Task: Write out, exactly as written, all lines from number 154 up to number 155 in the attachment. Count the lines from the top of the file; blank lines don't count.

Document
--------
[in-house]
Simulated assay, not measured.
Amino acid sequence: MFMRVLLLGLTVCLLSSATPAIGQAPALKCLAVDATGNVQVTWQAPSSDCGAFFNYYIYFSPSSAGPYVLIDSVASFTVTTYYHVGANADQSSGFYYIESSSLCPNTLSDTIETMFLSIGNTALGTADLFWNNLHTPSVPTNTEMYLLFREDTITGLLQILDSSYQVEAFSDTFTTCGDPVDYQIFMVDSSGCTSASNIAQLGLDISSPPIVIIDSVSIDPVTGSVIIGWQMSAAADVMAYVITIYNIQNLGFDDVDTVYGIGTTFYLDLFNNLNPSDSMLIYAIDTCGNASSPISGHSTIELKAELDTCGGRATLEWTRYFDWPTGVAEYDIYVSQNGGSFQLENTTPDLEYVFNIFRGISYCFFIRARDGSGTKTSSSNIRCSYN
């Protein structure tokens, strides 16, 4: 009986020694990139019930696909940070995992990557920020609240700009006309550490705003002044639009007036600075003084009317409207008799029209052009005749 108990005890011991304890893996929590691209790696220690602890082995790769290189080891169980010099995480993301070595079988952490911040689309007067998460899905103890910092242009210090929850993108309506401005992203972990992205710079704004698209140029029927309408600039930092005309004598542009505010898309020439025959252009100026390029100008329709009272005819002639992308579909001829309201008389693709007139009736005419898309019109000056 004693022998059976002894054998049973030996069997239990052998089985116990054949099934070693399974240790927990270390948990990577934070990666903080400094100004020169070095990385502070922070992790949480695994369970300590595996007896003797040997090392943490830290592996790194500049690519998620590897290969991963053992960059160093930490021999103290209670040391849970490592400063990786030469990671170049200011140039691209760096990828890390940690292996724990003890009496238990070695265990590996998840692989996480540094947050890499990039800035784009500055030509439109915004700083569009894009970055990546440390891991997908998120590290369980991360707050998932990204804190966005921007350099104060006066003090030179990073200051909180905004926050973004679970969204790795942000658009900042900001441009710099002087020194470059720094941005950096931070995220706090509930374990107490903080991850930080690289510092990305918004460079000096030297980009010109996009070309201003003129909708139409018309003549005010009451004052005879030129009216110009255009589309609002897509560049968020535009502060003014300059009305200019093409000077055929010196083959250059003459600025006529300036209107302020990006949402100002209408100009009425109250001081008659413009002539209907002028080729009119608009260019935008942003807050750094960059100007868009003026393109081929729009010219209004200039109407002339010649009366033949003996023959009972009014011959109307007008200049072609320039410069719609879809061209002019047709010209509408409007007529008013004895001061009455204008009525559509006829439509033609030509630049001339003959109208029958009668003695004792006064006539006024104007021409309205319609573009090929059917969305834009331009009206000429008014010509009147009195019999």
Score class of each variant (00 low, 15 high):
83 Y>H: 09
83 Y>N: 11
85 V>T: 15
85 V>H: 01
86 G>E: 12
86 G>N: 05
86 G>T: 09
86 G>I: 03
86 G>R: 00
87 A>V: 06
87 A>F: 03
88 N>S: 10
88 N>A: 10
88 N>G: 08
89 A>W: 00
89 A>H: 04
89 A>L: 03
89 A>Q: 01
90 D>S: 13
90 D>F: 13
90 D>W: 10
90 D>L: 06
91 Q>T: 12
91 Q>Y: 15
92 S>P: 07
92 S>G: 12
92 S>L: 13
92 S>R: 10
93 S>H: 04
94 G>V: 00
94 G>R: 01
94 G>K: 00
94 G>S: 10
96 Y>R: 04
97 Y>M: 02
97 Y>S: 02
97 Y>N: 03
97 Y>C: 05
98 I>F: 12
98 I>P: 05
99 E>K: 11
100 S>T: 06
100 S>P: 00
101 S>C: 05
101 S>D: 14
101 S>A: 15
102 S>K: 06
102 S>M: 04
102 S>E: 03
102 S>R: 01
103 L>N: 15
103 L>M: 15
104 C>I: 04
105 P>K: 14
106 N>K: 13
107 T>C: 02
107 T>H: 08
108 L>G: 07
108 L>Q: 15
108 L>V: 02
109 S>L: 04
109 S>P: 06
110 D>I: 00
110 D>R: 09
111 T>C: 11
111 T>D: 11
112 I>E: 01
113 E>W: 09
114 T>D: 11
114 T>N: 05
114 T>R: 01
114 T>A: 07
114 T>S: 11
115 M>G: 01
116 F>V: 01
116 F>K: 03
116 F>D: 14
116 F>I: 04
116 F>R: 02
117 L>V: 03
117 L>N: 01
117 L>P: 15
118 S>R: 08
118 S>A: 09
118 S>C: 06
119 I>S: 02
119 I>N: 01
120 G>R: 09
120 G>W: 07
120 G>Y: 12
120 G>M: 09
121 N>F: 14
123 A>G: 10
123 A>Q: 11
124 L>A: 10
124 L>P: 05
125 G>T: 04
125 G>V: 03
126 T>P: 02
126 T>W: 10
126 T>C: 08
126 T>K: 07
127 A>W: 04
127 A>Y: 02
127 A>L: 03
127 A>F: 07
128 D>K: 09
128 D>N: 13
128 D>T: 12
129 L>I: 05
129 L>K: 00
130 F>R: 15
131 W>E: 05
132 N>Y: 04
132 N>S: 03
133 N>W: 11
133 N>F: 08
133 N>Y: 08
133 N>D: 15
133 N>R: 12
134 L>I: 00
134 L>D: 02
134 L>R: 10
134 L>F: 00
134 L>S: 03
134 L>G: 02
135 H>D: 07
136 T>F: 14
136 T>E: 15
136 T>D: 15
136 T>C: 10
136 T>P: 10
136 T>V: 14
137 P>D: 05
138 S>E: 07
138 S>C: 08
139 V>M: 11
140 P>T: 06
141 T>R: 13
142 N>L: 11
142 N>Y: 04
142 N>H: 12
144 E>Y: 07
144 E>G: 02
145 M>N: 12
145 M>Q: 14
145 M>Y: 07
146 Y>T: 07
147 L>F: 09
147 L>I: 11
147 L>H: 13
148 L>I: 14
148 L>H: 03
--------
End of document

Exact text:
147 L>F: 09
147 L>I: 11